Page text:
The concrete-and-glass style has been around for at least a century, but it’s rarely been a mainstay in the design of homes.

Now, a new set of guidelines from the city’s Planning Department could change that.

A draft of the new guidelines, which were presented Wednesday at a public meeting of the Jerusalem Planning Board, outlines a few of the ways that concrete can be avoided.

“The new guidelines are intended to help the city prepare for the development of the mixed-use and new-urban communities that will become the centerpiece of the project,” a Planning Department official said.

“The design guidelines recognize the importance of minimizing concrete’s use in mixed-income residential buildings and that the city will continue to use a wide variety of materials, such as steel and glass, for the future.”

The guidelines were written by the Jerusalem City Planning Board as part of a broader effort to prepare the city for the mixed housing and urban redevelopment that is slated to begin in the next two years.

The city has been working on the development, which will be dubbed East Jerusalem City, for a number of years.

It will be built in what the planners call “the most desirable neighborhoods” of East Jerusalem.

The neighborhood is home to large concentrations of Bedouin and Palestinian residents.

But some residents say that the construction would have devastating consequences for their neighborhoods.

Some of the most prominent critics of the plan are members of the Al-Aqsa Mosque compound, located in the center of East Jaffa, where Israeli security forces are located.

They have expressed concerns about the new plan, and the city has faced criticism that it has not been transparent about the project’s plans and funding.

In response, the city says it has taken the issue seriously and will continue its dialogue with the mosque’s leadership to find a solution to the issues that have been raised.

The Jerusalem Planning Department also released a draft of guidelines for the design and construction of two residential buildings that will be on the site of the existing Al-Mukabbir Mosque, located about 15 miles south of the city.

The guidelines stipulate that the buildings must be at least six stories tall and at least 30 feet wide.

The guidelines also specify that the building must be built to an approved height of 40 feet.

The guideline also states that the exterior of the buildings should be made of a high-density concrete mix.

The concrete mix will be used for exterior walls, the walls of the homes, and a roof covering.

The new guideline also stipulates that a minimum of 50 percent of the building will be constructed from a variety of sustainable materials.

The city has not yet announced how many of the houses will be made from the same material, but the guidelines indicate that at least 15 percent of these buildings will be manufactured from renewable materials.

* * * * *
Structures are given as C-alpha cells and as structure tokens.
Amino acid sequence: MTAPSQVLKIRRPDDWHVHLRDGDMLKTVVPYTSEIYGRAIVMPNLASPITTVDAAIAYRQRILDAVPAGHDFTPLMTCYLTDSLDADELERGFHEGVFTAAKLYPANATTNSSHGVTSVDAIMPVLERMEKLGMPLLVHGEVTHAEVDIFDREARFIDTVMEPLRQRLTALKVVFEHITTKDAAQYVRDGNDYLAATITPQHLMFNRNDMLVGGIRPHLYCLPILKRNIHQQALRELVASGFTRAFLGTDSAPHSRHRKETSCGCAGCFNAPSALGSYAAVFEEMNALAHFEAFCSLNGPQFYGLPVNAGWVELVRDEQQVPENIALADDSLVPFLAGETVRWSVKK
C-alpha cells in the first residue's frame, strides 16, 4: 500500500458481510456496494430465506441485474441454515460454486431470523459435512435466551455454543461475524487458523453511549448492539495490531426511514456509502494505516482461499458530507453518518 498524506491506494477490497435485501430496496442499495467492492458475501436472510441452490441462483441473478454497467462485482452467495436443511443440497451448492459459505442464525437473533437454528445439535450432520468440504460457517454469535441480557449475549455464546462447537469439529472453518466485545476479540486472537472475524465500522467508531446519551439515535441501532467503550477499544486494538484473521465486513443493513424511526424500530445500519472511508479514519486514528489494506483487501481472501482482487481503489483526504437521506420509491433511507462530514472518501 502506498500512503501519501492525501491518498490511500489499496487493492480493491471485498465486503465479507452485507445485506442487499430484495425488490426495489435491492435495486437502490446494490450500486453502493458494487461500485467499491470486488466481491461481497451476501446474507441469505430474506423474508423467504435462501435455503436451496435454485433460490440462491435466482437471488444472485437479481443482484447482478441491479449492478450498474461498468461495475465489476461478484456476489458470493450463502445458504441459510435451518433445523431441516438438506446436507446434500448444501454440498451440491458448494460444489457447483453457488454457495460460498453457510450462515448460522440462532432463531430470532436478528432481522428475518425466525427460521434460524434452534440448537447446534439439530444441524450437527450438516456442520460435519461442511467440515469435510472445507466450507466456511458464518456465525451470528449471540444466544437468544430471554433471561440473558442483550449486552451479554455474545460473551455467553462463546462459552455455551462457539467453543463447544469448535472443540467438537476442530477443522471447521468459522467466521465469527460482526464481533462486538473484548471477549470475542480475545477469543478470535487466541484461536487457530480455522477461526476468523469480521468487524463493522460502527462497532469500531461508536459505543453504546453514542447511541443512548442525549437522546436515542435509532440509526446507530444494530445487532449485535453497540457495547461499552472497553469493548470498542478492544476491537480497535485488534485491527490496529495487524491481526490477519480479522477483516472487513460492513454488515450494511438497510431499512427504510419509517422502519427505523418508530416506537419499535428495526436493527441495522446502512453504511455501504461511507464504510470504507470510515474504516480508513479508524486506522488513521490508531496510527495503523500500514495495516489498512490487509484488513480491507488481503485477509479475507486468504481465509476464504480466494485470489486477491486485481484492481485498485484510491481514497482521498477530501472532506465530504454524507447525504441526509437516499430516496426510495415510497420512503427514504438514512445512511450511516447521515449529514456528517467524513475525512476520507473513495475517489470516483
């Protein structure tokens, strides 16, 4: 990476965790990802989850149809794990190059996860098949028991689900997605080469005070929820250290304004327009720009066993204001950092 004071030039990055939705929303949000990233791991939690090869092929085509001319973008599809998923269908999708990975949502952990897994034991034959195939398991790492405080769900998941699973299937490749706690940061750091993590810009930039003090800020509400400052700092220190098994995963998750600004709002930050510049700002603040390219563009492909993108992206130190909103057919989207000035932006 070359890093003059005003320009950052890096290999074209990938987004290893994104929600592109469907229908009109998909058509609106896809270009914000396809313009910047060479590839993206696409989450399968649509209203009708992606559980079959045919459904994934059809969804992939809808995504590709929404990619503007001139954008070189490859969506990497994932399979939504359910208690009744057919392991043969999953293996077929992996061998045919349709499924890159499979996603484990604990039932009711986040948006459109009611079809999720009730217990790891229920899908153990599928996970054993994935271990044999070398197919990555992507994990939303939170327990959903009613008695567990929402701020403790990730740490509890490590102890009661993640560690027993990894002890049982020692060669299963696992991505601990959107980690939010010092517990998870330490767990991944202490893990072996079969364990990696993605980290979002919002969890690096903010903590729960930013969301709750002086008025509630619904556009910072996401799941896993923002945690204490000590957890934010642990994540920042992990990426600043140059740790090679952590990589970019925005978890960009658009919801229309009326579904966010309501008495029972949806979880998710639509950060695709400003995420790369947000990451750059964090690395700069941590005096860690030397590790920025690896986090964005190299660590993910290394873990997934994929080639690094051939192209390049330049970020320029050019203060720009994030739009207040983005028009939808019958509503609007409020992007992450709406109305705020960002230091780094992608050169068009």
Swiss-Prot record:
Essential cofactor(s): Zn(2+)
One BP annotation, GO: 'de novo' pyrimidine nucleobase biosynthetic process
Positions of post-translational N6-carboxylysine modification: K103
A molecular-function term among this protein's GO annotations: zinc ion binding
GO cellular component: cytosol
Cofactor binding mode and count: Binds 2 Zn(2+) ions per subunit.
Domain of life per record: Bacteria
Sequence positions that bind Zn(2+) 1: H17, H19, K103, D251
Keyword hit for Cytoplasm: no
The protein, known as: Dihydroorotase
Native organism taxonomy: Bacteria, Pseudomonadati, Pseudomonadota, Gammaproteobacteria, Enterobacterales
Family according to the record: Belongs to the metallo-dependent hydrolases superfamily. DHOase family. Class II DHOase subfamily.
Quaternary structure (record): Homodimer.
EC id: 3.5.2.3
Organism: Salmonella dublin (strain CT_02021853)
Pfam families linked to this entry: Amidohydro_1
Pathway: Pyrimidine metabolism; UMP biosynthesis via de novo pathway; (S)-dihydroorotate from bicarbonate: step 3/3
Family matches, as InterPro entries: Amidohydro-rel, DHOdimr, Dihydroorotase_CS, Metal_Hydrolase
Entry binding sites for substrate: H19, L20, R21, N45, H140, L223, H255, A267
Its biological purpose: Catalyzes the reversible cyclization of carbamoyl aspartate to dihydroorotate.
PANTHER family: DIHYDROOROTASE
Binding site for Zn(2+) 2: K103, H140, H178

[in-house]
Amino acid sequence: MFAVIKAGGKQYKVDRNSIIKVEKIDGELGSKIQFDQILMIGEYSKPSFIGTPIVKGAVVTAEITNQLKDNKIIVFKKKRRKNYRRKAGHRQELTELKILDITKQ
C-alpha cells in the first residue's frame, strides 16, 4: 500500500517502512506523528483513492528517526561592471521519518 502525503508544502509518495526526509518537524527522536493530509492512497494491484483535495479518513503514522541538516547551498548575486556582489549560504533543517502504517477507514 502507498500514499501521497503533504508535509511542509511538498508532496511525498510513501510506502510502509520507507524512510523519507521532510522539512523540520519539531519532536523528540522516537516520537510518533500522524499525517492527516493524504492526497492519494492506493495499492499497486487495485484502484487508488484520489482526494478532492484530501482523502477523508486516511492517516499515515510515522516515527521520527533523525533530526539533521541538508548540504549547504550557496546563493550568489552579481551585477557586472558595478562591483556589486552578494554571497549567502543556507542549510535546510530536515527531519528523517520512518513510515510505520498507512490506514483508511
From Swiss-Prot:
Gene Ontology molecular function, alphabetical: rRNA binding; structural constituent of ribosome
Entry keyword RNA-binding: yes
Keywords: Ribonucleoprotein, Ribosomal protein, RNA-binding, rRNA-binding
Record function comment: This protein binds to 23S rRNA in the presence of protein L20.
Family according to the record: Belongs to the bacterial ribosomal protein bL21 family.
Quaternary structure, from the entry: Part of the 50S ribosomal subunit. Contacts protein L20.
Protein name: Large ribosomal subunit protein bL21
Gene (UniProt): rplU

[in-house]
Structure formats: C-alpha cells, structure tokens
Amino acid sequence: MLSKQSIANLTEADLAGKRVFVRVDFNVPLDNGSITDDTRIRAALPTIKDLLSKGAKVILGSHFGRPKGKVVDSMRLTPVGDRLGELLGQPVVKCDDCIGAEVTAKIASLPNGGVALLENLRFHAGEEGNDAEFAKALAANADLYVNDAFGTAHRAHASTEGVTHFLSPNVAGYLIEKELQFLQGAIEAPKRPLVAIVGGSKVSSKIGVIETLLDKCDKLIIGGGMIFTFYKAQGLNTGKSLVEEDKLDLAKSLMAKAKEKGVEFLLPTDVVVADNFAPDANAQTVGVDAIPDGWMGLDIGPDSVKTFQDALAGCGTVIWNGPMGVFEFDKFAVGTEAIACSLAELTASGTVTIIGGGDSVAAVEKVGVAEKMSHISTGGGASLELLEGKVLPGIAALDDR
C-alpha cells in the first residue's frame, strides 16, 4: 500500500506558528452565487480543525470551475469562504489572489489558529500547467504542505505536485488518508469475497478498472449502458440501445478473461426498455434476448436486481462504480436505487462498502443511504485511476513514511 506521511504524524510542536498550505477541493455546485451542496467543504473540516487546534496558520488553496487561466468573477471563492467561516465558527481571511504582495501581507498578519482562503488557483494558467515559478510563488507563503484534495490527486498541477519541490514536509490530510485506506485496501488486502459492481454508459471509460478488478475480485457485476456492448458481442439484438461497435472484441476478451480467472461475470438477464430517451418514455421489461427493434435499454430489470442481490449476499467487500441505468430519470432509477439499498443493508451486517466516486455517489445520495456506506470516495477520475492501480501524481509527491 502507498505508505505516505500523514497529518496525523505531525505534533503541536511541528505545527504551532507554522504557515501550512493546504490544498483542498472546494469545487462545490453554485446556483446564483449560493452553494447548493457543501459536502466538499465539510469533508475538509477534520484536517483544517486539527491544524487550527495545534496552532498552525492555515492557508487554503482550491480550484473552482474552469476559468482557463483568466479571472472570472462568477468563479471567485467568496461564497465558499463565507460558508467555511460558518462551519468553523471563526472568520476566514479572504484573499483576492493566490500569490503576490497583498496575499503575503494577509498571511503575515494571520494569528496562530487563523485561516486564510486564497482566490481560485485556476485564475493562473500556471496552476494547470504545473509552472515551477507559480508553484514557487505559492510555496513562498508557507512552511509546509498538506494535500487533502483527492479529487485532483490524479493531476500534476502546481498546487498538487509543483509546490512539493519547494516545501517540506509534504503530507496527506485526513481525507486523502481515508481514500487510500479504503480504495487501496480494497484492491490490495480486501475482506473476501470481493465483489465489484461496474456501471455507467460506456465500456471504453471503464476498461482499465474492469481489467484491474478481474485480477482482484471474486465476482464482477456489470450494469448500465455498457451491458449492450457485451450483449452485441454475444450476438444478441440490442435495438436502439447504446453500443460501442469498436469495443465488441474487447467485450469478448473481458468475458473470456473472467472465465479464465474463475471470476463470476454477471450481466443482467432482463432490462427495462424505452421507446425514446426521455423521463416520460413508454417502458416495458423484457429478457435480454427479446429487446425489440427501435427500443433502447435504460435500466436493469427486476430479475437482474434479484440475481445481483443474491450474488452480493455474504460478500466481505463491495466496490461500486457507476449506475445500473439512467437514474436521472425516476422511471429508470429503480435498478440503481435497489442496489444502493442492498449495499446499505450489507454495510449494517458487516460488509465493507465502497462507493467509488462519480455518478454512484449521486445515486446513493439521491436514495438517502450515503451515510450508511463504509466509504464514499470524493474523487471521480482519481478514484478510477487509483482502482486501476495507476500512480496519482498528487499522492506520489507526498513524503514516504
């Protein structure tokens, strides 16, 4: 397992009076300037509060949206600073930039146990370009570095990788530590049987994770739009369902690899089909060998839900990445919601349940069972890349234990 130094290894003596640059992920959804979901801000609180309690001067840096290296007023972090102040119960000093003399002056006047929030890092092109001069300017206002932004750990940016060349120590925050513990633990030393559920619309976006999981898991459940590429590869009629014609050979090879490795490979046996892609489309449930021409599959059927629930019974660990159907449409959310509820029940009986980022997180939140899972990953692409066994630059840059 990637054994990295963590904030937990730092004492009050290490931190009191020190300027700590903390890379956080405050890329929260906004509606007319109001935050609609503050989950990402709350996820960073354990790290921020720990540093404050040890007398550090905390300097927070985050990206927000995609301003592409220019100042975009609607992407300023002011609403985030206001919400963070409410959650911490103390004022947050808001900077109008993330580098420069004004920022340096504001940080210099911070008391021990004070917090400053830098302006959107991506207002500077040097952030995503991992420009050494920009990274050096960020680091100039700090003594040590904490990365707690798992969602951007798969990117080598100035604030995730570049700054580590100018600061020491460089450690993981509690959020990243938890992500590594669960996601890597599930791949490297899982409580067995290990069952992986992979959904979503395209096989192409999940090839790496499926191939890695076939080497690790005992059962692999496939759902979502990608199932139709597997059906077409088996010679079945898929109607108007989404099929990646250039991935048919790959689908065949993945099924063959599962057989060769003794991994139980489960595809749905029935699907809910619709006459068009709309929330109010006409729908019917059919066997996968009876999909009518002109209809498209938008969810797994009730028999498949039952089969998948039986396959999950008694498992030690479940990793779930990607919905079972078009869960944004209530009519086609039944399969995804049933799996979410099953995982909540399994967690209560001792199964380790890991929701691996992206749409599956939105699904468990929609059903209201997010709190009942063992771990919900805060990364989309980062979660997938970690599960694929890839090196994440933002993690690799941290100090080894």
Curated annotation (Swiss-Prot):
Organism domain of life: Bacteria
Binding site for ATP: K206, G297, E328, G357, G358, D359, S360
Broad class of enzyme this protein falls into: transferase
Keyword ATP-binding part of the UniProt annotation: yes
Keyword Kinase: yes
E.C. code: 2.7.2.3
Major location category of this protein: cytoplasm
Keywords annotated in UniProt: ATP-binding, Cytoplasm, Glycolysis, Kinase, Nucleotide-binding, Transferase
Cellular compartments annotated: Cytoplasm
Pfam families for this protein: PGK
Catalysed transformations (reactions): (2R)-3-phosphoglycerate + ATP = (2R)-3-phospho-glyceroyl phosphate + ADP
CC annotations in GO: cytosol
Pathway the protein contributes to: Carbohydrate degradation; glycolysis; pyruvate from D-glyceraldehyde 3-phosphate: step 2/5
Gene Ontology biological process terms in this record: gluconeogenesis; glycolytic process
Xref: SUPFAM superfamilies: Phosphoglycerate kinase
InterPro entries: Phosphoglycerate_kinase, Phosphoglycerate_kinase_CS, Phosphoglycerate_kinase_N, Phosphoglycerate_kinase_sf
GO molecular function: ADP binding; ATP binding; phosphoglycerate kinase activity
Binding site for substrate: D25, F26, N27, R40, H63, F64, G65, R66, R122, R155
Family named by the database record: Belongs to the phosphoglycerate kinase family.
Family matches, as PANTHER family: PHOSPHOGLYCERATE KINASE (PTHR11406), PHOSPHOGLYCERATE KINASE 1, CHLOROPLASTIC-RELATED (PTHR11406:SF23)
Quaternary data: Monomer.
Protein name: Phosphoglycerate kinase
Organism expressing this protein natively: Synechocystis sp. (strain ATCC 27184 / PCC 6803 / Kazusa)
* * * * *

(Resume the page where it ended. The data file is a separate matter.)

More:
The plans also state that the minimum roof cover should be of a “light and durable color” and that it should be “concrete that can withstand repeated rain and water.”

The guidelines do not specify what type of roof cover is considered “convenient.”

In addition, the guidelines require that the entire building must have a fire barrier and that at minimum the fire barrier be at a height of 5 feet.

The final guidelines, published in the September edition of the City Planning and Building Journal, include the following stipulations:The guidelines state that there will be two types of fire barriers: concrete and glass.

The rules state that glass fire barriers will be “designed to be impervious to thermal shock.”

The rules also stipulate a maximum fire barrier height of 10 feet.

They state that fire barriers must be “made of the highest quality materials.”

The new rules, which include some changes that the planning department made to the guidelines previously, do not address the question of whether concrete and/or glass should be used on the roofs of the proposed residential buildings.

In fact, the new rules state in the section that addresses the use of glass on the roof, that “glass is preferred because it has a much longer lifespan than concrete and can withstand frequent rains and cold temperatures.”

The planning department says that the guideline is meant to provide guidance to the developers of the development about the types of materials and materials that should be available for building the buildings.

“While we believe that the use and maintenance of these materials will enhance the overall quality of the architecture, it will not be a substitute for the use or maintenance of traditional materials,” the Planning Department said in a statement.

The guideline also includes the following recommendations on materials and types of roofing:The plans do not include any additional requirements on how much of the roofs are made of concrete or glass.

In the past, the planning office has emphasized the importance that the materials and designs of the residential buildings be built “so as not to create an impact on the natural environment,” the planning document said.

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